The African Centre for Biosafety (ACB) condemns the decision by the Minister of Agriculture, Fisheries and Forestry to allow GM cassava field trials to go ahead in South Africa.
This despite SA’s GMO regulatory body rejecting such trials more than three years ago. The field trials involve cassava genetically modified to control starch content. On the 19th of March, 2007, GMO body, the Executive Council (EC) rejected an application by the Agriculture Research Council (ARC) to conduct field trials in the South African environment and instead, proposed experiments in greenhouses only.[i]
The main ground for the rejection was the EC’s concern that the ARC had not provided sufficient information to enable an informed risk assessment to take place. On the 18th April 2007, the ARC submitted an appeal against the decision. The ACB was invited by the EC to make submissions in respect thereto, which the ACB duly did, on the 5 October 2007. These submissions are available on the website of the ACB.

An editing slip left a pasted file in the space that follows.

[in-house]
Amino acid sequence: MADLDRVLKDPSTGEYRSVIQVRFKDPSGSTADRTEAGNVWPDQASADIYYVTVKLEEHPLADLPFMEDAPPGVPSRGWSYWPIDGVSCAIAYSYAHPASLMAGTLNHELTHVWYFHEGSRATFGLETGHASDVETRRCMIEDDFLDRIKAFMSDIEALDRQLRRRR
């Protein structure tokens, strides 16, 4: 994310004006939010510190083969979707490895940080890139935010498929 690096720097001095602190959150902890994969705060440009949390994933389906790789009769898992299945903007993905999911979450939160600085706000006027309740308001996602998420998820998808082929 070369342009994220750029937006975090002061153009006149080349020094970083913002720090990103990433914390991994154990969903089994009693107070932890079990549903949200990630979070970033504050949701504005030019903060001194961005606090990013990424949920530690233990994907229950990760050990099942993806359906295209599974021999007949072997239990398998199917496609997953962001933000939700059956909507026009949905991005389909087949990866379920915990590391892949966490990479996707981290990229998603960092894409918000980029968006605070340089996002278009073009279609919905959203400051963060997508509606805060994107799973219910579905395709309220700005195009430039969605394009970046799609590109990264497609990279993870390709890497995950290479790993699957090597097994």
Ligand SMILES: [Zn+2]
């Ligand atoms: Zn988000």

An appeal board was duly appointed by the Minister of Agriculture and Land Affairs and the hearing was held 8-9 October 2007. A board decision was apparently arrived at and sent to the Minister, during October 2007, for final approval. Cassava originates in Latin America and introduced in Africa in the 16th century. Cassava is a vital staple food for many millions of Africans. Interest in cassava by the biotech machinery is to feed industrial society’s ever- increasing needs for fuel and animal feed. Grounds for the granting of the appeal/ the Minister’s reasons are not yet publicly available.
Contact Mariam Mayet 083 269 4309[i] EC minutes, 13th March, 2007. Department of Agriculture, forestry and fisheries. [ii] Personal communication, Gillian Christians, Registrar, GMO Act. Department of Agriculture, forestry and fisheries. 08/12/2009